Steven Goldman: Of course. And it’s also, as we look ahead to the energy transition, we need to have a tight grip on how companies are working with communities on how they’re working through labor issues to make sure that no one is being exploited in the process that we’re closing the loop on materials, as we’ve talked about in previous segments on the show. This is an opportunity for companies to start being proactive, even if they’re being pressed into doing it through disclosure requirements. This is helping get everyone to the same practices and the same disclosure areas so that we’re all moving in the right direction, that practices are more ethical, that sourcing is going to be handled with the right stringency and the right internal controls, and that companies are frankly being more transparent.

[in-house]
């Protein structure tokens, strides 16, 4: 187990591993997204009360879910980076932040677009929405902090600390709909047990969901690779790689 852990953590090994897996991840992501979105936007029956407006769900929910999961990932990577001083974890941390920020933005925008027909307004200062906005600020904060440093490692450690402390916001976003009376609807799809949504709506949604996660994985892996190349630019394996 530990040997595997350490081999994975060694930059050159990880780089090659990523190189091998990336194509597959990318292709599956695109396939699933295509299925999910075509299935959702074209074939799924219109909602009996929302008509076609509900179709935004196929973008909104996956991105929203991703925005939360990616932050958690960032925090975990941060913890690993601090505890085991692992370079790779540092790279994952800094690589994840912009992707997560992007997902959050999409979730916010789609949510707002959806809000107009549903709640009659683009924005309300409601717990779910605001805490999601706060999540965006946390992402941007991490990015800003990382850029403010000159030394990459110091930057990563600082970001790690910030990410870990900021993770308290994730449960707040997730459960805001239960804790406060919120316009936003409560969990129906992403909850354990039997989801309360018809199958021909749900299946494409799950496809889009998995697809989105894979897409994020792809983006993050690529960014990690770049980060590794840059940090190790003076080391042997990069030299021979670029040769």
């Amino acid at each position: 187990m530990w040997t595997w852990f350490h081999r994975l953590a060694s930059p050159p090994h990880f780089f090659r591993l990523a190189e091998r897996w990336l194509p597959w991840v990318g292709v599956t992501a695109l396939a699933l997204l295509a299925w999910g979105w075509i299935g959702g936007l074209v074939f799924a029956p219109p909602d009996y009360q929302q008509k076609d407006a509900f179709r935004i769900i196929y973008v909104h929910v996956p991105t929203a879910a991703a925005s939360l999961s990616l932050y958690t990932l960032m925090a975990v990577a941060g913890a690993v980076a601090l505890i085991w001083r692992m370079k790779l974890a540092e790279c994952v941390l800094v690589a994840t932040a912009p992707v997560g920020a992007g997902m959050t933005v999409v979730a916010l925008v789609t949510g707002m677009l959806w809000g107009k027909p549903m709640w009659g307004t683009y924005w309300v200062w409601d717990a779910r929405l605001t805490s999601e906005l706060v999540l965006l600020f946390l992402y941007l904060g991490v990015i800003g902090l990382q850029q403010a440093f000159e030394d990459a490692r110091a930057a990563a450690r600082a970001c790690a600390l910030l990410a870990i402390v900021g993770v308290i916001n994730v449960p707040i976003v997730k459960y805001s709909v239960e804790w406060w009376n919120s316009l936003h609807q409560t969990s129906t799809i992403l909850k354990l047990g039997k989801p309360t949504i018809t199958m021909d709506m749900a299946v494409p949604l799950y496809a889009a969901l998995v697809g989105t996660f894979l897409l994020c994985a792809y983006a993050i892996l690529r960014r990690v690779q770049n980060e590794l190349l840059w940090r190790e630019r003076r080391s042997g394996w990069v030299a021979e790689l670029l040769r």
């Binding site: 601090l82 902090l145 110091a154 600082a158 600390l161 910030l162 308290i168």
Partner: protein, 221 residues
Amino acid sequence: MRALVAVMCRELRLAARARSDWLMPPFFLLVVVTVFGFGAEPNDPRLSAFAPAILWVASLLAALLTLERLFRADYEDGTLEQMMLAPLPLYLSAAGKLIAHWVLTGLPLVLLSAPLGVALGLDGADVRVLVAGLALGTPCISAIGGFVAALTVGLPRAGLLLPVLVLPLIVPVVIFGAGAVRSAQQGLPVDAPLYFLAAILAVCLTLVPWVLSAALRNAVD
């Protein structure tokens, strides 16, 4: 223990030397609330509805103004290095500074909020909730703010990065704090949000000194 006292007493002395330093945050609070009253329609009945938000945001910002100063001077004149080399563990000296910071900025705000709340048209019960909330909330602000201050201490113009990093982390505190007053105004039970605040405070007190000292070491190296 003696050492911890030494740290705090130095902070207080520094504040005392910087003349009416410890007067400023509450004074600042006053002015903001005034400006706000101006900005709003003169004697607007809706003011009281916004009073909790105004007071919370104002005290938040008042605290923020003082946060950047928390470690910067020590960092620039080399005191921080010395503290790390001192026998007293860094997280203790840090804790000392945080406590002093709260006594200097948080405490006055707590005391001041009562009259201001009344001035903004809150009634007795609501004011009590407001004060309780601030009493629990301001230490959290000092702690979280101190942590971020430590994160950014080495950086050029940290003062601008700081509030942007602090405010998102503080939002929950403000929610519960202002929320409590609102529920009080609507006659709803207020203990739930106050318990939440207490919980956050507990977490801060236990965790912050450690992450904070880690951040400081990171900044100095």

Dana Dohse: Absolutely. And if I’m a business leader, I’m also looking at this as an opportunity to differentiate myself, an opportunity to be a leader, to step forward and blaze the trail on how can I reimagine my business in this changing world.
Steven Goldman: And so next time we’ll delve into the second part of the regulations that have been passed, the CS3D, which sounds like a transformer or I don’t know, like a military vessel designation or something, but the parallel regulations that the EU has issued around corporate sustainability due diligence, and how companies have to also get a tight grip on their supply chains. So we’ll delve into that on the next Energy Minute.
Dana Dohse: Thanks for joining us for this week’s Energy Minute. For more of the latest news in sustainability and decarbonization, visit cleartrace.io.